- The Alzheimer's Case: The hitman Ledda is portrayed this way on the movie posters, with the cops in the foreground.
- Zig-zagged in Gone Girl. Amy's eyes are seen at the top of the poster, but it looks like a simple case of Floating Head Syndrome. In fact, this is a subtle clue of who the true villain of the movie is...
- Some versions of the poster for The Passage depict Captain von Berkow looming behind the main characters looking through binoculars.
- War with the Evil Power Master.◊
- Two covers of Bride of the Rat God show the Rat God looking menacingly over Christine, who holds her fur wrap around her in terror.
- The original paperback cover for Return of the Living Dead had a giant disembodied zombie head and hands looming behind a woman in a black void, seemingly about to grab her.
- In Heroes, the Season 1 graphic novel collection has 2 different front covers, both of which feature Sylar's head looming over the main cast of Heroes.
- On the cover for the Season 2 DVD, the main cast of Heroes stands in the foreground at Times Square while Sylar's head grins down at them from an overhead billboard.
- The Troll King is doing this on the DVD cover for The 10th Kingdom — which is a subversion, as he is neither the real BigBad of the miniseries nor even impinges very much on the plot, particularly since he only briefly menaces the heroes in Parts 1 and 2. (He's actually much more of The Rival for the Big Bad.) This might be a borderline case of Billing Displacement, since while Dianne Wiest is greatly respected and a well-known actress, Ed O'Neill is probably more popular. Or it could be a bit of canny advertising to misdirect the audience.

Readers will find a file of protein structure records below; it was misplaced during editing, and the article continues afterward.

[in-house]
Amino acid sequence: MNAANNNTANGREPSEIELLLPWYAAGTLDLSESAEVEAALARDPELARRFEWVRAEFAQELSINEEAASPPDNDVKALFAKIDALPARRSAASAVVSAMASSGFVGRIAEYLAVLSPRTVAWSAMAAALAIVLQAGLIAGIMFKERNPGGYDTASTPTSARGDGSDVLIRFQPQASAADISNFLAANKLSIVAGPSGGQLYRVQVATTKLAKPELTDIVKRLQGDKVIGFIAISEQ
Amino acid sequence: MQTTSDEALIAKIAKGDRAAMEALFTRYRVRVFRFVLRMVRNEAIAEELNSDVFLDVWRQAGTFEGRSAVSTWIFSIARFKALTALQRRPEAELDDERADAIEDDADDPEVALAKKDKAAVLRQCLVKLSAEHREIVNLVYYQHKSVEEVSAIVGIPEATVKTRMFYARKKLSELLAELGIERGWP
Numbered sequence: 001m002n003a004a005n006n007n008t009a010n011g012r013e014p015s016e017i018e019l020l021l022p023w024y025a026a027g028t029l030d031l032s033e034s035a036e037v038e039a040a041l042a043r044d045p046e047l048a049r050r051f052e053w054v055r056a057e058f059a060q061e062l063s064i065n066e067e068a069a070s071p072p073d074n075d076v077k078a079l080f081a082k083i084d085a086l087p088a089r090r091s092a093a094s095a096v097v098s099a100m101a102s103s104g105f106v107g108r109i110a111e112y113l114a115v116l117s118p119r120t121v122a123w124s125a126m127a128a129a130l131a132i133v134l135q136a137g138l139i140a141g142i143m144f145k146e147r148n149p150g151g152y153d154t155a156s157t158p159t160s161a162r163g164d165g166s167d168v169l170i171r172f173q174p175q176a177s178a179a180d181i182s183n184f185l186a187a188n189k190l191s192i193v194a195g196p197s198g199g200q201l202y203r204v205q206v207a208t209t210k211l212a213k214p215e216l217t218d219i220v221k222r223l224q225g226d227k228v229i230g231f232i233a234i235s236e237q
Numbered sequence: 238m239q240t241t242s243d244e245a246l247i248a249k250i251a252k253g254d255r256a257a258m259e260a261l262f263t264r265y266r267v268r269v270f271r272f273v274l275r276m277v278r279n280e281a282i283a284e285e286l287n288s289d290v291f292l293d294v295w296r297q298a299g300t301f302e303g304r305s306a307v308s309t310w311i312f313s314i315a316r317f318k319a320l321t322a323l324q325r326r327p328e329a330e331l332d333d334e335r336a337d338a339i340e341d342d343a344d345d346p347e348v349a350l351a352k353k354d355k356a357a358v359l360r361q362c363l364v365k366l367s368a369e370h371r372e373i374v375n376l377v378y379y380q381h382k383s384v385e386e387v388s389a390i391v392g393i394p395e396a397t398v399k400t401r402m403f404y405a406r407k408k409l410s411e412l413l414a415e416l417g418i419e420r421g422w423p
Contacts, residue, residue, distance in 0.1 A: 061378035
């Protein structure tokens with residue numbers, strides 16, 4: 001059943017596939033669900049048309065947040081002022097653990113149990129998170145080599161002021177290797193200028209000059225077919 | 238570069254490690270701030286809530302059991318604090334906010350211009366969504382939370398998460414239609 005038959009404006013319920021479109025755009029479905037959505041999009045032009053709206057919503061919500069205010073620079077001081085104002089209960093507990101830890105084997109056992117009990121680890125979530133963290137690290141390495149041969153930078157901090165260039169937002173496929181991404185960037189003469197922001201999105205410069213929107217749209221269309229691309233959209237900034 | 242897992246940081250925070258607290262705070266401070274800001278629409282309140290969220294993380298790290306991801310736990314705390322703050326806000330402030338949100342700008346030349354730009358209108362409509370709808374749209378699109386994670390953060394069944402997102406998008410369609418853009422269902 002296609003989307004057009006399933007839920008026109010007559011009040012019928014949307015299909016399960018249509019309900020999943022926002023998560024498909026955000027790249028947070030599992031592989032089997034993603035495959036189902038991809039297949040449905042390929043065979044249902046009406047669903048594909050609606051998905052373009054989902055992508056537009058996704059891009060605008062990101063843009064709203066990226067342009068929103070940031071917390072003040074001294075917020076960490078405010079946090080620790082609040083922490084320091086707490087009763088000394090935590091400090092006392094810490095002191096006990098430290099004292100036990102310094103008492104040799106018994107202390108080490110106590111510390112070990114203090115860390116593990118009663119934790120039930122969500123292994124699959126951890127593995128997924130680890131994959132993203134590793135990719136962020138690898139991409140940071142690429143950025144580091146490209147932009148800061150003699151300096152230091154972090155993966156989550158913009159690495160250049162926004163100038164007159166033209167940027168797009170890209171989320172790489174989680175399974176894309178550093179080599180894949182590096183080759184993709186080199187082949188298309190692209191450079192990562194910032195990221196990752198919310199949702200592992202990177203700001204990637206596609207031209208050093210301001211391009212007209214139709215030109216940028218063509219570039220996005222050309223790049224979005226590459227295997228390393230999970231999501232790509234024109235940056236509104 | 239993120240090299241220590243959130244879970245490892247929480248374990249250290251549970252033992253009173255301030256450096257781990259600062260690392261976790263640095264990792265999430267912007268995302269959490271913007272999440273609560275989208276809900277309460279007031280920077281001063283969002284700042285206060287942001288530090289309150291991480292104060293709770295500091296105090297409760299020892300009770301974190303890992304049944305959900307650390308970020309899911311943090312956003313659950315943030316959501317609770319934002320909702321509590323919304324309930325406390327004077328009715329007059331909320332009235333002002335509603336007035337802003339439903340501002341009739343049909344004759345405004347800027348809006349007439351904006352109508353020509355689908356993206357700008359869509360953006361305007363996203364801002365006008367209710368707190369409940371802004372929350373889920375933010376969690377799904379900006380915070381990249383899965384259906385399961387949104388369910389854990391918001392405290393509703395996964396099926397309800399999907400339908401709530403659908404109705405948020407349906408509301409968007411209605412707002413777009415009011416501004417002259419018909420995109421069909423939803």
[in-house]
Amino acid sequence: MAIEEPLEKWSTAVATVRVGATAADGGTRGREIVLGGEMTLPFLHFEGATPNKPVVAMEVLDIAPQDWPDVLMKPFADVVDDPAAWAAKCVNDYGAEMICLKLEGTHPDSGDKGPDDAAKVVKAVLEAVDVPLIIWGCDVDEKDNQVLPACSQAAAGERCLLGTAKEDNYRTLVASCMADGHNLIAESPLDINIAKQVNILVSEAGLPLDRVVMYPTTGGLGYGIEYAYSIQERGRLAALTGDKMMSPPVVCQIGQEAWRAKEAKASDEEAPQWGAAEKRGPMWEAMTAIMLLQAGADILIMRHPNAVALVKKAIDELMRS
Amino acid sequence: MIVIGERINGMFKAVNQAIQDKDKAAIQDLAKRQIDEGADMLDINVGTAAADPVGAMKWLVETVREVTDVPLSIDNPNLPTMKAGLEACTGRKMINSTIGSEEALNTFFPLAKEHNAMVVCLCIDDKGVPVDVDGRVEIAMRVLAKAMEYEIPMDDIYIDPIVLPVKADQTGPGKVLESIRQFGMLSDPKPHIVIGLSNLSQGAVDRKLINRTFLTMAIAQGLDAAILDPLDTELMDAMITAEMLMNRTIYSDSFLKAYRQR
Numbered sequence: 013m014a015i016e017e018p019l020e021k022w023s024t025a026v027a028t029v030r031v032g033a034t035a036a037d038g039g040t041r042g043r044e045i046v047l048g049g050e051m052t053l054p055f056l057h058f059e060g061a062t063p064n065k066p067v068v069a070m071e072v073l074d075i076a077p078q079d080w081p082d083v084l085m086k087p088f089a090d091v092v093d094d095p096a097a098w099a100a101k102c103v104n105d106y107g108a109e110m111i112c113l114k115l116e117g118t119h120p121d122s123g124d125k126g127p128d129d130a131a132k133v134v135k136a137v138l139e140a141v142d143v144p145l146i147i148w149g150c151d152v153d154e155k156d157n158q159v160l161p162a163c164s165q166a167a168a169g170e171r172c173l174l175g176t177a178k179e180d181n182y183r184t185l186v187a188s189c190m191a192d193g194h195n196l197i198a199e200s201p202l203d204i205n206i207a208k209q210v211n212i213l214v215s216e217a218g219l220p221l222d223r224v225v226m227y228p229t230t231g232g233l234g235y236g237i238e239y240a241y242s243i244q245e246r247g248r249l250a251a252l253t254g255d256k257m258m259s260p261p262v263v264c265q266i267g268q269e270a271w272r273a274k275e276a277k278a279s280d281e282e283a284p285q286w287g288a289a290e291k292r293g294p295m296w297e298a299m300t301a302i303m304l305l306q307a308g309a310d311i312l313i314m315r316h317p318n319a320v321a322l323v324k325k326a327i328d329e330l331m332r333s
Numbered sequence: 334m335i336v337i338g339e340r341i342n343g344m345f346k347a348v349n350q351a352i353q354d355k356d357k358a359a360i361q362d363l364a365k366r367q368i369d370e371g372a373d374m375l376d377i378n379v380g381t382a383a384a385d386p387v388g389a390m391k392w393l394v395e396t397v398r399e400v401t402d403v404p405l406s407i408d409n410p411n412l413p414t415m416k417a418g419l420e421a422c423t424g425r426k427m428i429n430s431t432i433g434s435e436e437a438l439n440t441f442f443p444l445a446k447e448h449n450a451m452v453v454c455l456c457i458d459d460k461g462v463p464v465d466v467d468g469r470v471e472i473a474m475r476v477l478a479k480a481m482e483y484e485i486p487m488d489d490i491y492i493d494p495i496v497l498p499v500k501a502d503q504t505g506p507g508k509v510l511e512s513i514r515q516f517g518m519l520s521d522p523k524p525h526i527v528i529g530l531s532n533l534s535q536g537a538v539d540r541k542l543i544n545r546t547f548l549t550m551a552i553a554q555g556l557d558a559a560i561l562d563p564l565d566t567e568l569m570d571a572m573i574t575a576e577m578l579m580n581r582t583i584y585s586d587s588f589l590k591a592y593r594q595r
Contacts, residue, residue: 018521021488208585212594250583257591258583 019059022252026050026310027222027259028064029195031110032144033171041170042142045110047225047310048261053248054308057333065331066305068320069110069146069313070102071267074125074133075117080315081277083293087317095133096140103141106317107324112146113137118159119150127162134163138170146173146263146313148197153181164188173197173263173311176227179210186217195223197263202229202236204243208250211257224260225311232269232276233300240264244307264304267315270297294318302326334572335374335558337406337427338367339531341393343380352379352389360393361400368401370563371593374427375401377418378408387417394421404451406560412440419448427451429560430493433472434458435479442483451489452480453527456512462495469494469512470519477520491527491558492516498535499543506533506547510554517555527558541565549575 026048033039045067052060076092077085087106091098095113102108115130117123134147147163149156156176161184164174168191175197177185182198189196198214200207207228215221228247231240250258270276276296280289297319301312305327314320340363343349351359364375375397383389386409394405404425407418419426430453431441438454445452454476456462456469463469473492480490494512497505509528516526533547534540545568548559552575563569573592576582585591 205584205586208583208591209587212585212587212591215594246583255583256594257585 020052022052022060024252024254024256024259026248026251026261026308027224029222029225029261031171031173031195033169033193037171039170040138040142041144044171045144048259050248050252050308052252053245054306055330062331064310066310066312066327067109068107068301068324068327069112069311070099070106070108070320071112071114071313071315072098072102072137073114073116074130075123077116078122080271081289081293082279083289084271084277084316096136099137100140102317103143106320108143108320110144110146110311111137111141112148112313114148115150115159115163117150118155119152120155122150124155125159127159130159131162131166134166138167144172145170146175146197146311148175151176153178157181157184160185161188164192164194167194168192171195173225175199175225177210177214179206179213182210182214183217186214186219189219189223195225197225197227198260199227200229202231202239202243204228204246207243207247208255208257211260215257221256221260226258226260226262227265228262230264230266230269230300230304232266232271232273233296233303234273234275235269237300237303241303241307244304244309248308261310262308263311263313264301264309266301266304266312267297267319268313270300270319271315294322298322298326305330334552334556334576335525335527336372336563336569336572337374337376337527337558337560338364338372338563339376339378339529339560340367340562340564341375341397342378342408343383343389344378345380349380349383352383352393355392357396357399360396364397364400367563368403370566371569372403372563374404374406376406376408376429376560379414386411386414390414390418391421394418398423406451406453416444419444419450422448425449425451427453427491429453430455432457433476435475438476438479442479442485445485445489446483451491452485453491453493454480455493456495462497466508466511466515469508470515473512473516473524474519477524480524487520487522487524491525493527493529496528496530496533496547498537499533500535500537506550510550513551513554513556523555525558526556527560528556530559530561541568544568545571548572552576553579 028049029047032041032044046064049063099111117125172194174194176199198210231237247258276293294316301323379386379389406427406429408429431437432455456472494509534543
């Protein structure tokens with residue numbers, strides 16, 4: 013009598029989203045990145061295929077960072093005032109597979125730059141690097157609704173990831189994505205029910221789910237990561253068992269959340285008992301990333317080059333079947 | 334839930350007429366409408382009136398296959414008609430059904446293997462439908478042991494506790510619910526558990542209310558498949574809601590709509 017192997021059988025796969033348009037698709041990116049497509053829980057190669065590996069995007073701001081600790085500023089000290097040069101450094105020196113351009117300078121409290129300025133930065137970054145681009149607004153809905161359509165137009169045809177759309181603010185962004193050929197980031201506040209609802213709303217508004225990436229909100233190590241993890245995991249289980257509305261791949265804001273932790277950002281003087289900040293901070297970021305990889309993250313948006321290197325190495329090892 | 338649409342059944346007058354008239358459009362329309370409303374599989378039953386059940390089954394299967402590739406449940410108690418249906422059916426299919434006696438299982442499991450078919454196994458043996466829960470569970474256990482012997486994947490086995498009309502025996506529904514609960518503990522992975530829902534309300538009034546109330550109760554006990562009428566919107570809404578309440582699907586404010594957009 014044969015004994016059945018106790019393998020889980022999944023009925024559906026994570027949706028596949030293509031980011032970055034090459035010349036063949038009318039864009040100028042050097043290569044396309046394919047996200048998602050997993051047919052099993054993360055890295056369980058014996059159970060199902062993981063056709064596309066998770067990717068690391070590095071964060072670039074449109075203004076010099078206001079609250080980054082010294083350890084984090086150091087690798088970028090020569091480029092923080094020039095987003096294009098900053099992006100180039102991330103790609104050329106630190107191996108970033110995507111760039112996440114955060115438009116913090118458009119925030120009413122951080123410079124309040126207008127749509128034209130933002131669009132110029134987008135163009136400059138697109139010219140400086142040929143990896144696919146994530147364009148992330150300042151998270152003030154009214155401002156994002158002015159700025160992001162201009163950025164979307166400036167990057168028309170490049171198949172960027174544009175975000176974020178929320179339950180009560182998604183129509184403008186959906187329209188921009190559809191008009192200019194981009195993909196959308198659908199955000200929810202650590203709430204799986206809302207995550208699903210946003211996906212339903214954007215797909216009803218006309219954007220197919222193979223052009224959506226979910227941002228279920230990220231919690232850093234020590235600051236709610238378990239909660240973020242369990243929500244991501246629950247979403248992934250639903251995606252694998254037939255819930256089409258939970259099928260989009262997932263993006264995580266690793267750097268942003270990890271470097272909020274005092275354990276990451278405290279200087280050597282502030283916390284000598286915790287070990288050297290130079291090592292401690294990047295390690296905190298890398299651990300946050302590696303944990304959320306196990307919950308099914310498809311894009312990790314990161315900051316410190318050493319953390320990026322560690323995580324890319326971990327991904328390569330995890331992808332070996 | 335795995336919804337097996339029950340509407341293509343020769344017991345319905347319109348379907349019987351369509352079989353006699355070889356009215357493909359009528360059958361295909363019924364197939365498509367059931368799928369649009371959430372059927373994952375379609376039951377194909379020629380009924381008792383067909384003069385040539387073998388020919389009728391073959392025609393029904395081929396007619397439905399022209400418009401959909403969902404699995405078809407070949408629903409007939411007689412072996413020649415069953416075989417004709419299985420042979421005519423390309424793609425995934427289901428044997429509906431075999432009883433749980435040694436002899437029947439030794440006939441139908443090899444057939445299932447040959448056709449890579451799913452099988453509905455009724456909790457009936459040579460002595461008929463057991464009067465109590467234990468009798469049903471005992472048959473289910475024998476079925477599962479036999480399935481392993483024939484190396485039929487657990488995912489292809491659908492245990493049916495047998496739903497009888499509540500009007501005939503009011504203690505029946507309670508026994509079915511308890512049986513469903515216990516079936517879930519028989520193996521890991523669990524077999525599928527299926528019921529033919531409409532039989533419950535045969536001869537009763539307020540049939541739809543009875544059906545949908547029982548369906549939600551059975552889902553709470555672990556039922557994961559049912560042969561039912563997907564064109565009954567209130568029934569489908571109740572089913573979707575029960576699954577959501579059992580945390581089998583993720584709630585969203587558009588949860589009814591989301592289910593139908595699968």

- Every Angel DVD case has Angelus looking over Angel's shoulder.
- An inversion: Upon opening it, the House: Season One box set features the main cast looking down at you in a circle with a surgical light over all of their heads, as if you were a patient.
- The poster for BIONICLE's 2004 Toa Metru set-line◊ showed a Vahki enforcer robot watching over the assembled Toa Metru heroes. Its prototype teaser pic◊ meanwhile showed a mysterious shadowy figure, later revealed to be a prototype for the toy of Krekka, a character who would have been far less suited for such a role.
- Dragon Ball Z: Budokai has Cell doing this with a Magnificent Bastard smirk on his face.
- Knights of the Old Republic has Malak glaring down at Bastila. The sequel does the same with Nihilus.
- The first Fire Emblem features the Big Bad watching Marth and his army. The third game, a remake and direct sequel to the first, has the Big Bad in both forms. Fuuin no Tsurugi/Sword of Seals has both Zephiel and Idenn/Idoun's head in the background (although only Idenn/Idoun is really looking). Gaiden has... someone's head on its cover.